Most of my artwork has been tied to a particular place or geographic region: Winnipeg, Ukraine, Calgary, Banff, the Rocky Mountains, and Kamloops, BC. In these projects I use photography and image-text combinations. These projects play with time, creating narratives that oscillate between present and past.

For the Camera Obscura Project in Dawson City I intend to devise a kind of reverse camera obscura. I see cameras as time-pieces of sorts and with a reverse camera obscura it may be able to look back in time. I intend to invert the normal function of the camera obscura by making it too small for humans to enter and to reverse the usual orientation by having viewers look into rather than out of the camera.





Ernie Kroeger’s artwork has been exhibited in over fifty solo and group exhibitions in Canada and Europe, and is included in collections such as the National Gallery of Canada, Ottawa, and Museo Nazionale della Montagna, Turin, Italy. Kroeger’s monograph The Great Divide, a collaboration with Alberto Manguel, was published in 2001. My Morning Walk was published in 2009. Over the last few years he has been investigating the relationship between art and walking, which has broadened his art practice to include conference presentations, leading the 2007 Banff Centre residency Walking + Art, co-founding the Walking Lab, an interdisciplinary research group, and leading guided walks. Kroeger has been an art educator for over twenty years and is currently Associate Professor in Visual Arts at Thompson Rivers University in Kamloops, British Columbia.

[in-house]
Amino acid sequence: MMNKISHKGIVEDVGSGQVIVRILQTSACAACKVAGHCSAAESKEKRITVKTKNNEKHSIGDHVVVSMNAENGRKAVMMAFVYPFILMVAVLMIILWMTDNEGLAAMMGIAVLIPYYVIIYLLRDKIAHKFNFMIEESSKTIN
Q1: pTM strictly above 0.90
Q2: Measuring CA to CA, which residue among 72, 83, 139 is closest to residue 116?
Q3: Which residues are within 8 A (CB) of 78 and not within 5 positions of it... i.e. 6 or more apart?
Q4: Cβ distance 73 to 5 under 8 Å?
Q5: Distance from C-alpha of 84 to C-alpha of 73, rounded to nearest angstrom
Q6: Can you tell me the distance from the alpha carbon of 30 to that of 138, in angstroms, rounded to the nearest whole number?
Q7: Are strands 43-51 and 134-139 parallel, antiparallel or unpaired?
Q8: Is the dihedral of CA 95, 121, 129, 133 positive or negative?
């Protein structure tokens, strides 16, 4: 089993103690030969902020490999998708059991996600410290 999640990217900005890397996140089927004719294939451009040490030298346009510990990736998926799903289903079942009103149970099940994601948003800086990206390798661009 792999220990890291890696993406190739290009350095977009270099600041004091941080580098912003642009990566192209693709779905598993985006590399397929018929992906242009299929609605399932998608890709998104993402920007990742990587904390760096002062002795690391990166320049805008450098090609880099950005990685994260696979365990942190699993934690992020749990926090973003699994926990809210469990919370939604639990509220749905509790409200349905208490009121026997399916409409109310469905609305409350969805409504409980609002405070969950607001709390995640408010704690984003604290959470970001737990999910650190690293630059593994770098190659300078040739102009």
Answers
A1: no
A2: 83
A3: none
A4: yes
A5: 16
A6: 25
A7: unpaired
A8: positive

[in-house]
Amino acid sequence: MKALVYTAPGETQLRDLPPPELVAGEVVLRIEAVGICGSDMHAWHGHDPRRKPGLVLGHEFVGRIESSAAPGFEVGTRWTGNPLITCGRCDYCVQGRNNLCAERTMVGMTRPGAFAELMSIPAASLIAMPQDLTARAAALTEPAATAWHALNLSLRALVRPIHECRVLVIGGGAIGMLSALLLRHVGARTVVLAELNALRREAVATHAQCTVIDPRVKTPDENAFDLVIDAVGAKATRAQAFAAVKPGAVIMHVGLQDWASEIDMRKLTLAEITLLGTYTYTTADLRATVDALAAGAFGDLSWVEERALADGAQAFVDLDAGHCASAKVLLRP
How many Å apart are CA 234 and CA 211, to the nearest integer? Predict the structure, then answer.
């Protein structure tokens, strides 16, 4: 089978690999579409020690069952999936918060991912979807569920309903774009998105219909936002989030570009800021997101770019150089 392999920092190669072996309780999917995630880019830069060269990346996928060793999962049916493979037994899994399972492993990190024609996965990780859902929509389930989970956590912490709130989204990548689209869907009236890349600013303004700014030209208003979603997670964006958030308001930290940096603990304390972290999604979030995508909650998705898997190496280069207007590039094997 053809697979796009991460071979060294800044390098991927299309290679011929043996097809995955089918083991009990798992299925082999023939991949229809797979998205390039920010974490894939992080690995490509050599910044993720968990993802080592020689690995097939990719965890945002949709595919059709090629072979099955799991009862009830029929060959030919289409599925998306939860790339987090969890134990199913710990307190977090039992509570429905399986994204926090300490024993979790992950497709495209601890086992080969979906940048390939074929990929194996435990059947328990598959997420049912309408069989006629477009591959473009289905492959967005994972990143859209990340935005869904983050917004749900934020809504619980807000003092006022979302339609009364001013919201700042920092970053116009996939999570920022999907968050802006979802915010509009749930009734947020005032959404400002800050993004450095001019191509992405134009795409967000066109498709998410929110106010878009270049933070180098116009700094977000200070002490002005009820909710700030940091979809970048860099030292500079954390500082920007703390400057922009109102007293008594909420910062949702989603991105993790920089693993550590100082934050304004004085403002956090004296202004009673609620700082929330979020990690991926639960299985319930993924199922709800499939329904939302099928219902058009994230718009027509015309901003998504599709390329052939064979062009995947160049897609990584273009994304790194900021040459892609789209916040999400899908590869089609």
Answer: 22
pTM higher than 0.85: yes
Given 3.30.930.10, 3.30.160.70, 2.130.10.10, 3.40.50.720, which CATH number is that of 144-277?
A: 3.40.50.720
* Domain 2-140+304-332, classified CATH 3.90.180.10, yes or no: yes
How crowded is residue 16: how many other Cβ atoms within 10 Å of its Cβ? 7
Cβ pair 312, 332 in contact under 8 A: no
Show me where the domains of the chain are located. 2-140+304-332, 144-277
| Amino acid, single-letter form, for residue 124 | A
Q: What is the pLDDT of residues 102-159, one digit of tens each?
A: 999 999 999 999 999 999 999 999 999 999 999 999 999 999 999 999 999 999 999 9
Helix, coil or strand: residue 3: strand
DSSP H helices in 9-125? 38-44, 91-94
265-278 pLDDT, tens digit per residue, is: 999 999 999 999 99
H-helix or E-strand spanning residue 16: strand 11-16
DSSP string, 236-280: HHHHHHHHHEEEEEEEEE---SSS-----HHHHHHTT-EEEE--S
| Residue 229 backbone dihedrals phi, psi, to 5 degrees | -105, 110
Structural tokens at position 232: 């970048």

The Camera Obscura Project brings together an international group of artists and other researchers interested in cameras obscura, related optical phenomenon and the meeting places of: art and science, cultural and wilderness settings, learning and play. With funding from The Social Sciences and Humanities Research Council of Canada the Project is based at Thompson Rivers University, Kamloops, B.C.